Outright odds: 29/1
To win group: 11/4
To qualify: 1/2
Full squad: Beto (Sevilla), Eduardo (Braga), Rui Patricio (Sporting Lisbon), Andre Almeida (Benfica), Bruno Alves (Fenerbahce), Fabio Coentrao (Real Madrid), Joao Pereira (Valencia), Neto (Zenit St Petersburg), Pepe (Real Madrid), Ricardo Costa (Valencia), Joao Moutinho (Monaco), Miguel Veloso (Dinamo Kiev), Raul Meireles (Fenerbahce), Ruben Amorim (Benfica), William Carvalho (Sporting Lisbon), Rafa (Braga), Cristiano Ronaldo (Real Madrid), Eder (Braga), Helder Postiga (Lazio), Hugo Almeida (Besiktas), Nani (Manchester United), Varela (Porto), Vieirinha (Wolfsburg).
Manager: Paulo Bento
World Cup record: Third (1966), Fourth (2006), Last 16 (2010).
It is commonly said that Lionel Messi needs to win a World Cup to cement his place on the international stage but Cristiano Ronaldo’s first success with the famous trophy would seal a legacy as one of the great players of all time – if he hasn’t already eanred such a high rank in most people’s estimation.
And as much as it seems simplistic to say it, Portugal’s chances in Brazil lie with the Real Madrid man. Not forgetting the amazing performance he had on the club stage, Ronaldo single headedly took Portugal to Brazil through 2 legged playoff with Sweden, scoring the winner in the first leg and then turning around a 2-1 deficit to finish with a hat-trick as Portugal went through 4 2 on aggregate. For good measure he also saved their bacon against Northern Ireland, scoring a hat trick that kept them within touching distance of Russia even though they failed to top the group.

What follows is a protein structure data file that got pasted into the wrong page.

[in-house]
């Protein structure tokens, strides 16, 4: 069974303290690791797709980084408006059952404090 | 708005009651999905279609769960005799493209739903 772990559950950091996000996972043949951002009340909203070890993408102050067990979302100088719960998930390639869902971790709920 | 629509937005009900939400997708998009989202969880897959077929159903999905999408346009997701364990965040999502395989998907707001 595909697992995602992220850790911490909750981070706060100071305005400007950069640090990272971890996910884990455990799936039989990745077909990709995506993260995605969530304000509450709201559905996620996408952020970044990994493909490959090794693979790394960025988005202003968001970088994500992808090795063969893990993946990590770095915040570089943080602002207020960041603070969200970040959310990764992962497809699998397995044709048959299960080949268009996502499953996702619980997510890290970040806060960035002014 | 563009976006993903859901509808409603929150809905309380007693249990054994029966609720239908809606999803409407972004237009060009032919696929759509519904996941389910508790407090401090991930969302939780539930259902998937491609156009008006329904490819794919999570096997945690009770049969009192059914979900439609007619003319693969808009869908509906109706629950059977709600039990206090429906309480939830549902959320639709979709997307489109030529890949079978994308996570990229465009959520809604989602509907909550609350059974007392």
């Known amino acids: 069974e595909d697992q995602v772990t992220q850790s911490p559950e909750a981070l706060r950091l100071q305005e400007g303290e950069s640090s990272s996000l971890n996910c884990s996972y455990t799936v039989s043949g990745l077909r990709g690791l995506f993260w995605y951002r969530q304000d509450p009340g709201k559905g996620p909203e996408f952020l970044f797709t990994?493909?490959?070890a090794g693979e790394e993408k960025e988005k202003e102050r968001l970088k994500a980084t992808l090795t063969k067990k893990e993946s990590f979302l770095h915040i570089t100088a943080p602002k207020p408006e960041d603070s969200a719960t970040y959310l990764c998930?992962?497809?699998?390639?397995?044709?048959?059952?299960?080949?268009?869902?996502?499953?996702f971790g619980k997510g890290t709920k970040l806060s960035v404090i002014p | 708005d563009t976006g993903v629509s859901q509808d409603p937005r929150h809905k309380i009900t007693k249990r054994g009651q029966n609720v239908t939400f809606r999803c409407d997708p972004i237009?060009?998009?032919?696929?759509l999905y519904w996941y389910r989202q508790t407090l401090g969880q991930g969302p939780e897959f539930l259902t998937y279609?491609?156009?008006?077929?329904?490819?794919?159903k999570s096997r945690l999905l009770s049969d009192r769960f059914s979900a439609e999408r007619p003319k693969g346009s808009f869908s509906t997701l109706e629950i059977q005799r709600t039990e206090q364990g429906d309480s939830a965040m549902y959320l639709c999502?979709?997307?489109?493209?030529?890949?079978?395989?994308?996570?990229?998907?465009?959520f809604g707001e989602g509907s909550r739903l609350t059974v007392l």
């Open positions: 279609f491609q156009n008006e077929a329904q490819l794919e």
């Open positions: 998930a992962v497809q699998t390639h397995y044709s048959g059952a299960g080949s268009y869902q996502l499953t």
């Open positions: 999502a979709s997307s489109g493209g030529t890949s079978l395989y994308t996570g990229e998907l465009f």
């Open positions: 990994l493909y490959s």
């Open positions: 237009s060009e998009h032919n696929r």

For his club, Ronaldo scored just the (really) 31 goals in La Liga but he played only 30 times and on his way to lifting the Champions League he scored 17 goals in the season, an astonishing amount for the competition even with Madrid winning it.
The problems for Portugal lie outside him in attack. None of the three other forwards scored more than 13 times in the league this season and Helder Postiga managed just 5 games for Lazio before being ruled out in a bid to prepare for this tournament. Nani was dreadful for Manchester United and Hugo Almeida, as stated previously, only scored 13 this season.
However, do not make the mistake of assuming Portugal are devoid on quantity. Joao Moutinhio, the central creative influence of the side, has been like clockwork for Portugal in his 66 caps and will once again be key to any chances of progression.
It remains to be seen if Miguel Veloso and Raul Miereles get a spot ahead of William Carvalho, a potential Manchester United target, who was so impressive in the away leg against Sweden, and what they lack in the creative stakes is made up for in terms of power and solidility.
The defence, their real area of strength as a whole, is amongst the best on the planet. Pepe has been known for a hotheaded temper and fairly poor attitude at times but his current season for Real Madrid was his best bet and he was instrumental in shutting Bayern out through the semi final and alongside with Burno Alves he makes a mean pairing, one that shut out Spain in the Euros over 120 minutes. Fabio Conetrao’s partnership with Ronaldo on the left is a huge bonus and he brings an elite feel to a rear-guard that protects Patricio excellently, with Joao Piero on the right side. However, one can’t escape from the feeling that Ronaldo will be the man to lift this side to glory in the latter stages should they make it.